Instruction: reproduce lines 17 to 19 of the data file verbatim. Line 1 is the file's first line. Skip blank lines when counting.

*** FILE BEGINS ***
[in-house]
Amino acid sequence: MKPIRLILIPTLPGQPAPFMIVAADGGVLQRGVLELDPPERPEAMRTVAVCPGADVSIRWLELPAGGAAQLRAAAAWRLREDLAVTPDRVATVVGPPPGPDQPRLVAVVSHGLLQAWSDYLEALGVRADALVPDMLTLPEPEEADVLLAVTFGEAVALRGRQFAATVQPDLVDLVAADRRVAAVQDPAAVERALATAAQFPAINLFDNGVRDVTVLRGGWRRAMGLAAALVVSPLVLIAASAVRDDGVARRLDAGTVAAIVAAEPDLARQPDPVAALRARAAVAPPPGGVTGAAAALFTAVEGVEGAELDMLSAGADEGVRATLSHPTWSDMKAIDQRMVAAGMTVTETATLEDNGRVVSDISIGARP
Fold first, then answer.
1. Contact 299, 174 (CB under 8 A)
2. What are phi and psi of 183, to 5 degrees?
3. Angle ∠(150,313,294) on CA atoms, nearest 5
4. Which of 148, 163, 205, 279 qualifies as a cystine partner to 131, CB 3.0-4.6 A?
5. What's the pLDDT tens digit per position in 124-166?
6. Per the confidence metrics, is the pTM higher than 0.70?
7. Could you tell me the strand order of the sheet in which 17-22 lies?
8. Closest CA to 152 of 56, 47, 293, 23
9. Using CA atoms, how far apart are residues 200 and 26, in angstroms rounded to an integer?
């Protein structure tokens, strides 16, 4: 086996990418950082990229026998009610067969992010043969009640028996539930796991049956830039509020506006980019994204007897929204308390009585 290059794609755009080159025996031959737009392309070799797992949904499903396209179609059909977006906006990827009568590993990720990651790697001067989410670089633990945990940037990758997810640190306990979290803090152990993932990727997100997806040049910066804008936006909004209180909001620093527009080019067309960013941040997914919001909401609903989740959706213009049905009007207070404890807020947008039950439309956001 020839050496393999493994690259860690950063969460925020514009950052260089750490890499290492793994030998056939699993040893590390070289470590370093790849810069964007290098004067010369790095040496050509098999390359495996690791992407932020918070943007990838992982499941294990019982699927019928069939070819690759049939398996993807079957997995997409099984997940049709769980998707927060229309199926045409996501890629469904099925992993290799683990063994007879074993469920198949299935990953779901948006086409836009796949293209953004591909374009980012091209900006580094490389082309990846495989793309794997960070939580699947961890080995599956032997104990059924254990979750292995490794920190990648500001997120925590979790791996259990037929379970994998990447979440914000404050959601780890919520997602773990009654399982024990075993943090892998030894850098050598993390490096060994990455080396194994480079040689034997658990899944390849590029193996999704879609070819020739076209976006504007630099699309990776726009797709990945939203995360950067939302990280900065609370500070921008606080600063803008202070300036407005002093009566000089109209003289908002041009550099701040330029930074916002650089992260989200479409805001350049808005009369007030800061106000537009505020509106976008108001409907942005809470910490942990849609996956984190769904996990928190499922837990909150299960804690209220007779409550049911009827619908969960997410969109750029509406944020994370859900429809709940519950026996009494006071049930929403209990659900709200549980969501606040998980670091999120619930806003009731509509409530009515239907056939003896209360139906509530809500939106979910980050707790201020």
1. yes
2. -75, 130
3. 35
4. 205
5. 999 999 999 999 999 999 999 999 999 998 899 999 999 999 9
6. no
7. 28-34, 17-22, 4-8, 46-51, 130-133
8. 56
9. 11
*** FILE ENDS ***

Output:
4. 205
5. 999 999 999 999 999 999 999 999 999 998 899 999 999 999 9
6. no